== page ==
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Kirk v. United States Department of Justice

United States Court of Appeals, Seventh Circuit

December 2, 2016

Jennifer Kirk, Plaintiff-Appellant,
v.
United States Department of Justice, Defendant-Appellee.

          Argued November 16, 2016

         Appeal from the United States District Court for the Southern District of Illinois. No. 15-CV-571-NJR-PMF - Nancy J. Rosenstengel, Judge.

          Before Easterbrook, Kanne, and Hamilton, Circuit Judges.

          Easterbrook, Circuit Judge.

         Normally a district court may reduce a criminal sentence only within 14 days of its imposition. Fed. R. Crim. P. 35(a). But if a prisoner provides substantial assistance to prosecutors after being sentenced, a district court may reduce the sentence at any time on the prosecutor's motion. Fed. R. Crim. P. 35(b). Jennifer Kirk enjoyed one such reduction; the district judge cut her sentence (for mail and wire fraud) from 188 to 110 months. Kirk contends that she provided additional assistance after that reduction and is entitled to a further reward, but the United States Attorney has declined to file a second motion under Rule 35(b). Kirk then filed this suit under the Administrative Procedure Act, 5 U.S.C. §702, asking a district judge to set aside the prosecutor's decision not to file the motion that would permit the court to reduce her sentence further.

         The district judge dismissed the complaint, giving two reasons. 2016 U.S. Dist. Lexis 57323 (S.D. 111. Apr. 29, 2016). First, the judge thought that whether to make a Rule 35(b) motion is committed to agency discretion by law, bringing Kirk's claim within the scope of the exclusion to APA review in 5 U.S.C. §701(a)(2). Second, the judge believed that the right way for a prisoner to obtain review of the prosecutor's decision is by a collateral attack under 28 U.S.C. §2255-and the APA forecloses actions when another adequate remedy is available. 5 U.S.C. §704.

         These two reasons are incompatible. If §2255 supplies a means of review, then the decision is not committed to agency discretion by law; but if the decision is committed to agency discretion, then by definition review under §2255 is impermissible. We think that both parts of the district judge's reasoning are mistaken but that the judgment is nonetheless correct.

         The Supreme Court held in Wade v. United States, 504 U.S. 181 (1992), that a prosecutor's decision not to file a motion under 18 U.S.C. §3553(e) and U.S.S.G. §5K1.1 is reviewable. We cannot see any reason why a motion under Rule 35(b) would be treated differently; the rule, §3553(e), and §5K1.1 all authorize lower sentences to reward a defendant's assis- tance with other prosecutions. Wade stated that the permissible grounds of review are those that apply to all exercises of prosecutorial discretion-as a practical matter, race discrimination or other constitutional transgressions. 504 U.S. at 185-86. See also, e.g., United States v. Armstrong, 517 U.S. 456, 463 (1996); United States v. Davis, 793 F.3d 712, 719-23 (7th Cir. 2015) (en banc). Because the decision whether to file a Rule 35(b) motion is reviewable on those grounds, it has not been committed to agency discretion by law, and §701(a)(2) therefore does not foreclose review under the APA.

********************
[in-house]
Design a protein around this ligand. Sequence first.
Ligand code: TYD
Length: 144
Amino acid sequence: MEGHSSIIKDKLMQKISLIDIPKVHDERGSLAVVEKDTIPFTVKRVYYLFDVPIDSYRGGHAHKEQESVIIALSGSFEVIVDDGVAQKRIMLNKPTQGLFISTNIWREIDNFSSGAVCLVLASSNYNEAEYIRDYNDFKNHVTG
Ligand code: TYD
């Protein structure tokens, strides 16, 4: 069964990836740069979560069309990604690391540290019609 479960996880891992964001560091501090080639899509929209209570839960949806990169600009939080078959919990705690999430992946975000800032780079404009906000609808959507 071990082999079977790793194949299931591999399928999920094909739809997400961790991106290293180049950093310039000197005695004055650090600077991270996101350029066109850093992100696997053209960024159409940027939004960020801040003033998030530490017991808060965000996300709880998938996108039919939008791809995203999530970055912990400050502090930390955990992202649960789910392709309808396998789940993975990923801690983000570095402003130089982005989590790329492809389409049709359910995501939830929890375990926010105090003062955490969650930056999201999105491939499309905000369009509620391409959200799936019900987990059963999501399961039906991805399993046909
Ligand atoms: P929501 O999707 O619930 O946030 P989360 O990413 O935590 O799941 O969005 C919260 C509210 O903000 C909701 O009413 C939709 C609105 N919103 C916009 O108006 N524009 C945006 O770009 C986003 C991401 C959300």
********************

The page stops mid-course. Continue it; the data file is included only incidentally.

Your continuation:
Next up: Does §2255 provide an adequate remedy and so block APA review under §704? The district court said yes, citing two decisions that evaluated the absence of Rule 35(b) motions during collateral attacks under §2255. United States v. Obeid, 707 F.3d 898 (7th Cir. 2013); United States v. Richardson, 558 F.3d 680 (7th Cir. 2009). Yet neither opinion holds that §2255 is the right approach as a general matter. In Richardson the court thought §2255 an appropriate vehicle because the defendant contended that the prosecutor had conditioned the filing of a future Rule 35(b) motion on the defendant's waiver of his right to appeal from the judgment of conviction. We saw that as drawing into question the validity of the conviction itself, and §2255 is designed to allow defendants to contest the validity of their convictions. In Obeid, too, the defendant argued that his sentence was unconstitutional, made disproportionate and excessive by the grant of a Rule 35(b) motion in a different case. We held that §2255 was not available to make that argument, however, because the defendant had not sought relief until the year allowed by §2255(f) had expired.

         For most situations -of which Kirk's is a good example- §2255 does not provide an adequate way to contest the prosecutor's decision not to file a Rule 35(b) motion. Obeid illustrates the problem. According to §2255(f), motions must be filed within a year of the judgment's finality. Section 2255(f) has some exceptions, such as new and retroactive rules of law, but none applies when a prisoner contends that substantial assistance justifies a lower sentence. Yet Rule 35(b)(2) authorizes sentence reductions long after a year from the conviction's finality:

Upon the government's motion made more than one year after sentencing, the court may reduce a sentence if the defendant's substantial assistance involved:
(A) information not known to the defendant until one year or more after sentencing;
(B) information provided by the defendant to the government within one year of sentencing, but which did not become useful to the government until more than one year after sentencing; or
(C) information the usefulness of which could not reasonably have been anticipated by the defendant until more than one year after sentencing and which was promptly provided to the government after its ...

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